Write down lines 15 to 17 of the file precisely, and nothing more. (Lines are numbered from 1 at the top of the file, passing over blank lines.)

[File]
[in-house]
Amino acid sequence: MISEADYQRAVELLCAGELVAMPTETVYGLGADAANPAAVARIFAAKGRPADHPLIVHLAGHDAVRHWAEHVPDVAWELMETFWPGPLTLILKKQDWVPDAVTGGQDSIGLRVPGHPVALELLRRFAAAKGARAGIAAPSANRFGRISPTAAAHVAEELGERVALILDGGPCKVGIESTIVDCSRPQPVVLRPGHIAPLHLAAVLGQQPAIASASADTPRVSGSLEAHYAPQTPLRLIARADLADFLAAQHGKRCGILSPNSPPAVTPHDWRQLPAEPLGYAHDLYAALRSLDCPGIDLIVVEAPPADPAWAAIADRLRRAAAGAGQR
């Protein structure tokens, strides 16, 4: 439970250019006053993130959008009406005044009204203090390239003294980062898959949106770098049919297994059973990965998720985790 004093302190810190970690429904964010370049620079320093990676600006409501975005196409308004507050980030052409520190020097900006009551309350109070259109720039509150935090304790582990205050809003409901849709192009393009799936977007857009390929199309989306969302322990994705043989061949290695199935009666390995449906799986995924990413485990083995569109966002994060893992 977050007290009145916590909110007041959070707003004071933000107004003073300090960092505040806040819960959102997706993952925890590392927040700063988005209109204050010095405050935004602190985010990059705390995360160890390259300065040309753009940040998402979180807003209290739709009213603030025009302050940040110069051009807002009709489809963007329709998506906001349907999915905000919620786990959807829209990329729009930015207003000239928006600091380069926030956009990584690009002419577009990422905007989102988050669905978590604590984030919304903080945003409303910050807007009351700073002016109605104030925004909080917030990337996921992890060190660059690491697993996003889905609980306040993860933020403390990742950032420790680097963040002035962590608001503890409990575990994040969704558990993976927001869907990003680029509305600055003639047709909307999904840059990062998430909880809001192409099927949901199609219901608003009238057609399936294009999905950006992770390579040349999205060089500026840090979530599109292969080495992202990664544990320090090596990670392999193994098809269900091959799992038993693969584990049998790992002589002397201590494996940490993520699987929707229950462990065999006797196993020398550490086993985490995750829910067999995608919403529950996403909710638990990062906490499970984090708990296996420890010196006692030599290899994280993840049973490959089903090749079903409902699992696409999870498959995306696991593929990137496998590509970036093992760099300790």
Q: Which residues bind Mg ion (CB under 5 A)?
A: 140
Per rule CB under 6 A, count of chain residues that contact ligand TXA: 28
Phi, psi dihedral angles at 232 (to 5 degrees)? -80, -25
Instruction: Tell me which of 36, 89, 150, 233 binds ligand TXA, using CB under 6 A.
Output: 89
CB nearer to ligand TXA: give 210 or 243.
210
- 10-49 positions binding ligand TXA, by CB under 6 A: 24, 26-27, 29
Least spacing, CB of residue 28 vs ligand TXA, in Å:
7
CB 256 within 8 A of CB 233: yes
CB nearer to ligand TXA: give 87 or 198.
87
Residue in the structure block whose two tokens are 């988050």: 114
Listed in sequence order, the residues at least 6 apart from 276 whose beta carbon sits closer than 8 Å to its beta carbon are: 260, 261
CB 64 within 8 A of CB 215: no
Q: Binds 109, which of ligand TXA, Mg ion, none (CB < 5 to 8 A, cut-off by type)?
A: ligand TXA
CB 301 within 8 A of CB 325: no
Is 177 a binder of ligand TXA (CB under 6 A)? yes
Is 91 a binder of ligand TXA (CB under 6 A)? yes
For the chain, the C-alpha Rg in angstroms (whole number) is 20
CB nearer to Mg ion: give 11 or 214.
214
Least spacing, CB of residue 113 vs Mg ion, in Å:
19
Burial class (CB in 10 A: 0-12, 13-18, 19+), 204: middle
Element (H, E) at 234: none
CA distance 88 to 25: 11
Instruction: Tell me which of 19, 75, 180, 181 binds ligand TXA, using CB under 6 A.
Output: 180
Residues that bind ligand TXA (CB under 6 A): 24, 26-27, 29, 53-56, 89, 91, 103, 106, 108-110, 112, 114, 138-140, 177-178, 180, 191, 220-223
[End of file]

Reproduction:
CB 256 within 8 A of CB 233: yes
CB nearer to ligand TXA: give 87 or 198.
87